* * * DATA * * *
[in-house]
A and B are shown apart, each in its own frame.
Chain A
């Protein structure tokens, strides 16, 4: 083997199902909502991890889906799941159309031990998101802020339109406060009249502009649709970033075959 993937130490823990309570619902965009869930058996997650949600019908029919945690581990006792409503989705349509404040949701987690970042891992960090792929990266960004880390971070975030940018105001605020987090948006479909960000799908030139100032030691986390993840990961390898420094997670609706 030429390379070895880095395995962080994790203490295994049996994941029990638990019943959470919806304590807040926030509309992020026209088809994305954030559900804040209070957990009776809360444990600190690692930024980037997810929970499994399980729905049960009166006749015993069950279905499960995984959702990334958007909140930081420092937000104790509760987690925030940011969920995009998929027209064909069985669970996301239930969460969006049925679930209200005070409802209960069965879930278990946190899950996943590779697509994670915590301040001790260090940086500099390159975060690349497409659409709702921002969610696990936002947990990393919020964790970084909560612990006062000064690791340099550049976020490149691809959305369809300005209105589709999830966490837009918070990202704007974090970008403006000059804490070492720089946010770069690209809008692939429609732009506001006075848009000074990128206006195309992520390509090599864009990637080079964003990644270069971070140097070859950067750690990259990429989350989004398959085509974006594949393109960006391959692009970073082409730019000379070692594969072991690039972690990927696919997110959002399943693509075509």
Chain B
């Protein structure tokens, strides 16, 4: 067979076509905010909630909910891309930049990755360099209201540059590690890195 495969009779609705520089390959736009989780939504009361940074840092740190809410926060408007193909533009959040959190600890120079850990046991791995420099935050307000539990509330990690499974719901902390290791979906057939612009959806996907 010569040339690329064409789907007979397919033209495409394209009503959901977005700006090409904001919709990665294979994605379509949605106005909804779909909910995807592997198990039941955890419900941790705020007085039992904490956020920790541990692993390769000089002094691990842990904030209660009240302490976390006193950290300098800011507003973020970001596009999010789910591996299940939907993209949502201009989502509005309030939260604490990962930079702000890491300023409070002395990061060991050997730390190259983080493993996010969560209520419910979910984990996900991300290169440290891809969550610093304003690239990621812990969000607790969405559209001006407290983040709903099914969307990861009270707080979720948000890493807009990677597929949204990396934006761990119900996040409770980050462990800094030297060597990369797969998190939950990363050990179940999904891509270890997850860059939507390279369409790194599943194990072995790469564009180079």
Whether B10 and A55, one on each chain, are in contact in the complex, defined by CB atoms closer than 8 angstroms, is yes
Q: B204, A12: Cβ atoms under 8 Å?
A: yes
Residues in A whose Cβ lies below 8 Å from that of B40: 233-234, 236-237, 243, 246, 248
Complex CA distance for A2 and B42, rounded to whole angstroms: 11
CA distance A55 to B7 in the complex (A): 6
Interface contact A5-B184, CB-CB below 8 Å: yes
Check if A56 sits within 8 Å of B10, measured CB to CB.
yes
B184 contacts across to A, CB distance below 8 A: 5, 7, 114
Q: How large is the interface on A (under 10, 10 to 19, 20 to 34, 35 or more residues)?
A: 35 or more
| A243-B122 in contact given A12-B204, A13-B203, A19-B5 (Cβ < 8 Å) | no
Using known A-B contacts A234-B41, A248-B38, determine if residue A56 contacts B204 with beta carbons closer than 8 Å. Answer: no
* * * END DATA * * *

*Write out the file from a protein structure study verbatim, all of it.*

[in-house]
A and B are shown apart, each in its own frame.
Chain A
């Protein structure tokens, strides 16, 4: 083997199902909502991890889906799941159309031990998101802020339109406060009249502009649709970033075959 993937130490823990309570619902965009869930058996997650949600019908029919945690581990006792409503989705349509404040949701987690970042891992960090792929990266960004880390971070975030940018105001605020987090948006479909960000799908030139100032030691986390993840990961390898420094997670609706 030429390379070895880095395995962080994790203490295994049996994941029990638990019943959470919806304590807040926030509309992020026209088809994305954030559900804040209070957990009776809360444990600190690692930024980037997810929970499994399980729905049960009166006749015993069950279905499960995984959702990334958007909140930081420092937000104790509760987690925030940011969920995009998929027209064909069985669970996301239930969460969006049925679930209200005070409802209960069965879930278990946190899950996943590779697509994670915590301040001790260090940086500099390159975060690349497409659409709702921002969610696990936002947990990393919020964790970084909560612990006062000064690791340099550049976020490149691809959305369809300005209105589709999830966490837009918070990202704007974090970008403006000059804490070492720089946010770069690209809008692939429609732009506001006075848009000074990128206006195309992520390509090599864009990637080079964003990644270069971070140097070859950067750690990259990429989350989004398959085509974006594949393109960006391959692009970073082409730019000379070692594969072991690039972690990927696919997110959002399943693509075509």
Chain B
């Protein structure tokens, strides 16, 4: 067979076509905010909630909910891309930049990755360099209201540059590690890195 495969009779609705520089390959736009989780939504009361940074840092740190809410926060408007193909533009959040959190600890120079850990046991791995420099935050307000539990509330990690499974719901902390290791979906057939612009959806996907 010569040339690329064409789907007979397919033209495409394209009503959901977005700006090409904001919709990665294979994605379509949605106005909804779909909910995807592997198990039941955890419900941790705020007085039992904490956020920790541990692993390769000089002094691990842990904030209660009240302490976390006193950290300098800011507003973020970001596009999010789910591996299940939907993209949502201009989502509005309030939260604490990962930079702000890491300023409070002395990061060991050997730390190259983080493993996010969560209520419910979910984990996900991300290169440290891809969550610093304003690239990621812990969000607790969405559209001006407290983040709903099914969307990861009270707080979720948000890493807009990677597929949204990396934006761990119900996040409770980050462990800094030297060597990369797969998190939950990363050990179940999904891509270890997850860059939507390279369409790194599943194990072995790469564009180079």
Whether B10 and A55, one on each chain, are in contact in the complex, defined by CB atoms closer than 8 angstroms, is yes
Q: B204, A12: Cβ atoms under 8 Å?
A: yes
Residues in A whose Cβ lies below 8 Å from that of B40: 233-234, 236-237, 243, 246, 248
Complex CA distance for A2 and B42, rounded to whole angstroms: 11
CA distance A55 to B7 in the complex (A): 6
Interface contact A5-B184, CB-CB below 8 Å: yes
Check if A56 sits within 8 Å of B10, measured CB to CB.
yes
B184 contacts across to A, CB distance below 8 A: 5, 7, 114
Q: How large is the interface on A (under 10, 10 to 19, 20 to 34, 35 or more residues)?
A: 35 or more
| A243-B122 in contact given A12-B204, A13-B203, A19-B5 (Cβ < 8 Å) | no
Using known A-B contacts A234-B41, A248-B38, determine if residue A56 contacts B204 with beta carbons closer than 8 Å. Answer: no